Candling Eggs

Candling is the process used to check on the progress of developing eggs. Candling is best accomplished by shining a bright light under an egg in a dark room. The light illuminates the inside of the egg allowing you to see the developing chick within. Eggs are candled seven and ten days after setting to remove any eggs that are unfertilized, not developing, or quitters. These eggs will be clear or have a ring of red within the egg. These eggs need to be discarded as they will not hatch.

Developing eggs will have visible blood vessels during candling. To candle eggs, use a candle or an egg candler. Do not candle all the eggs at once, but rather one by one. Do not keep the eggs out of the incubator for more than ten minutes. At eighteen days of incubation, the inside of the egg will be dark as the embryo takes up the majority of the egg at this stage. After candling, return the eggs to the incubator immediately. Remove and discard any eggs that are cracked, leaking, smelly, or not viable when candled. 

Baby Chicks

Post-Hatch Care and Incubator Cleanup

Eggs go into lockdown on day eighteen, no more turning is required, and the humidity of the incubator is raised to 70%. To learn the answer for the most common question how many days to incubate chicken eggs, is that the chicks will start hatching on day twenty-one (21). As tempting as it may be to help the chicks hatch, do not help them hatch! It usually takes five to seven hours for a chick to hatch, but it can take up to twenty-four hours. Leave the chicks in the incubator until the majority of them have hatched. Once they are dry and fluffy, remove the chicks from the incubator and put them in a brooder, browser chick brooder parts.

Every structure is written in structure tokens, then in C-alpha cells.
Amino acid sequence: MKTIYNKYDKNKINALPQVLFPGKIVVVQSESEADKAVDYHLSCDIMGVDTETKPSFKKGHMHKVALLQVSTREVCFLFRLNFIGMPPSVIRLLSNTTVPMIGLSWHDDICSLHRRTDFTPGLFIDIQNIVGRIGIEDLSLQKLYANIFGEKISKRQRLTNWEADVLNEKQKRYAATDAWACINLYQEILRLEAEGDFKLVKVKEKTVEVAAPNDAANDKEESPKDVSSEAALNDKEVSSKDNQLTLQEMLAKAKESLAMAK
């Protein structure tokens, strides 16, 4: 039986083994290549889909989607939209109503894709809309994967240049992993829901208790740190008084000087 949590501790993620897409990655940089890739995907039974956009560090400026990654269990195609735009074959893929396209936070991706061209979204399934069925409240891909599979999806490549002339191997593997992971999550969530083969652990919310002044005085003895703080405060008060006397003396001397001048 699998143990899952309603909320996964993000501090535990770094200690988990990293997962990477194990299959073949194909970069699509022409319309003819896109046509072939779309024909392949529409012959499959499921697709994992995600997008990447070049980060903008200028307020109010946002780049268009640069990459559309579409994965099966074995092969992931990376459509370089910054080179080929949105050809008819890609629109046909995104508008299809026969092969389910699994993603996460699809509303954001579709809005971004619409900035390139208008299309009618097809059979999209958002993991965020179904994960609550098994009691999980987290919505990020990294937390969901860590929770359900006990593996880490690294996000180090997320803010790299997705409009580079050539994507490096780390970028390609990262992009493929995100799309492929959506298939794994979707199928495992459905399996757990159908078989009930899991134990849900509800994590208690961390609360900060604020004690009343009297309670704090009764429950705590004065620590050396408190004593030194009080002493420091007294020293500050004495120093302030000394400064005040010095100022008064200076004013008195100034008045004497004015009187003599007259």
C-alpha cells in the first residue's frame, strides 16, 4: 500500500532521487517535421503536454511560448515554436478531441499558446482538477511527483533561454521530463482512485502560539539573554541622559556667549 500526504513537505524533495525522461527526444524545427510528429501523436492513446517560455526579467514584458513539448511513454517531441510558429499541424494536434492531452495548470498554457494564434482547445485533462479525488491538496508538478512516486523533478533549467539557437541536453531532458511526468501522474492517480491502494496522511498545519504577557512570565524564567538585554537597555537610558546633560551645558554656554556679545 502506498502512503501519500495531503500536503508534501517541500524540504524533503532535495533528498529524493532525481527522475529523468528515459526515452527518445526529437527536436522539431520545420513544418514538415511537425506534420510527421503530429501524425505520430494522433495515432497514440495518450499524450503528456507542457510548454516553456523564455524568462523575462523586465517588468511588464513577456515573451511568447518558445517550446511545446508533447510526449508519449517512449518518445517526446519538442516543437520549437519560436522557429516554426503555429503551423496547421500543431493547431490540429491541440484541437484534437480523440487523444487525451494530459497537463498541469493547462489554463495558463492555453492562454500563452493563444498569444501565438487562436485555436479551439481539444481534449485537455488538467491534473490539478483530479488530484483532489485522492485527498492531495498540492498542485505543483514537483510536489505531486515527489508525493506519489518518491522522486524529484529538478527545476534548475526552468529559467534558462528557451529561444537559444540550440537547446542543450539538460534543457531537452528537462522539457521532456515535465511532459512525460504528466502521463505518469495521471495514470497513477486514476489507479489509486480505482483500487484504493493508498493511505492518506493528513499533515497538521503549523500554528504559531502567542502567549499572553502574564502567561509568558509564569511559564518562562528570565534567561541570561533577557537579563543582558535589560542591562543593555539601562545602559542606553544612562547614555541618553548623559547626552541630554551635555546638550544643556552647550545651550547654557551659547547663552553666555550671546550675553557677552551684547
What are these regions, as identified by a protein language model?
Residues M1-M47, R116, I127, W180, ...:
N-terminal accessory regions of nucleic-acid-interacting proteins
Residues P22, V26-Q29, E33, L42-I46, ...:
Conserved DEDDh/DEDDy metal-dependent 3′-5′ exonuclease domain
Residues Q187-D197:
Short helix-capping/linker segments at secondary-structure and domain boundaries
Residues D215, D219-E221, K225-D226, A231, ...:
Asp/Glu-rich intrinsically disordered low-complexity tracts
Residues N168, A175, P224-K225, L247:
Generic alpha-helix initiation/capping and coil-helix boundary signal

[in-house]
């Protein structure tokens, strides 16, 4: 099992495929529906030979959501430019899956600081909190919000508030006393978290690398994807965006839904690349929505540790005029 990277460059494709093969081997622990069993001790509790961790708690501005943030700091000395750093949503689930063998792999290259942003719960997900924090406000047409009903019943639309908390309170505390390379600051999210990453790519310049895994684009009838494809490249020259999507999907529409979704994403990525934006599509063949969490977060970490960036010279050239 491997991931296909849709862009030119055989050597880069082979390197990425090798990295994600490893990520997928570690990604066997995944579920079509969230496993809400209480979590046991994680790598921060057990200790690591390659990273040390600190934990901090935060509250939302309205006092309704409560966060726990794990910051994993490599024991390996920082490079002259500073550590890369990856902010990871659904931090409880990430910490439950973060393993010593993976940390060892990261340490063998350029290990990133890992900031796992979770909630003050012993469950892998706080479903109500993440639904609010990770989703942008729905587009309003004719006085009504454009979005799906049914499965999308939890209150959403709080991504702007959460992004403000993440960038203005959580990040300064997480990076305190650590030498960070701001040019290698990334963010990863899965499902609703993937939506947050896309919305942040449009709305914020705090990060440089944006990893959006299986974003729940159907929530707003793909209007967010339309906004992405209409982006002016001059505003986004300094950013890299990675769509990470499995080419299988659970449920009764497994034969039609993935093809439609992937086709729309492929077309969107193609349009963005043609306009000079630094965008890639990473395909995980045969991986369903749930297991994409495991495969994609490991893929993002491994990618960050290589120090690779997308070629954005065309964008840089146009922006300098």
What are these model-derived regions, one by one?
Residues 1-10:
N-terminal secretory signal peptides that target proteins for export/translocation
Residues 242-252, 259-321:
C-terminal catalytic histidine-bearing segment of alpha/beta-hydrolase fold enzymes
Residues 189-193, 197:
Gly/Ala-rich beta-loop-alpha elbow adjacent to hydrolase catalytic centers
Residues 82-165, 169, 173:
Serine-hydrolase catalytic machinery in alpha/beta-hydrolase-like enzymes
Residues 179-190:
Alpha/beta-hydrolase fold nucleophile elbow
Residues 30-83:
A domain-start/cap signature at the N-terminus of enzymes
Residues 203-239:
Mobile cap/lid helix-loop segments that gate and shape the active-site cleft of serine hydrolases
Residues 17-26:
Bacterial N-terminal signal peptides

Your brooder should already be set up and running at least twelve hours prior to the chicks expected hatch date. After placing your chicks in their brooder, dip their beaks in the water so they know where to drink. Don't forget to have chick grit in your chick feed. If you have any unhatched eggs let the incubator run for another one to two days. During this time candle the eggs to determine if the chick is still alive. After two days discard unhatched eggs. Clean your incubator with warm water and bleach, then wipe it down and set it up for the next hatch or store it for next season. 

Looking for hatching eggs? Check out the Hatching Time Farm Directory, where you can search by species, delivery method, NPIP status, and much more! 


Written by: 

Aryeh Wiesel Headshot

Aryeh Wiesel

Poultry Enthusiast & Expert
Aryeh is a 2023 Rutgers University graduate and majored in Agriculture & Food Systems Science. He hopes to get a job as a production manager in agriculture evaluating animals and plants. Aryeh has almost a decade of experience working with chickens and other poultry. At Aryeh's family's house in Central New Jersey, Aryeh has a small flock of chickens and pigeons. Besides his passion for poultry, Aryeh is also an avid phalaenopsis orchid grower. Aryeh met Hatching Time at the end of 2020 when doing poultry research with a Rutgers professor.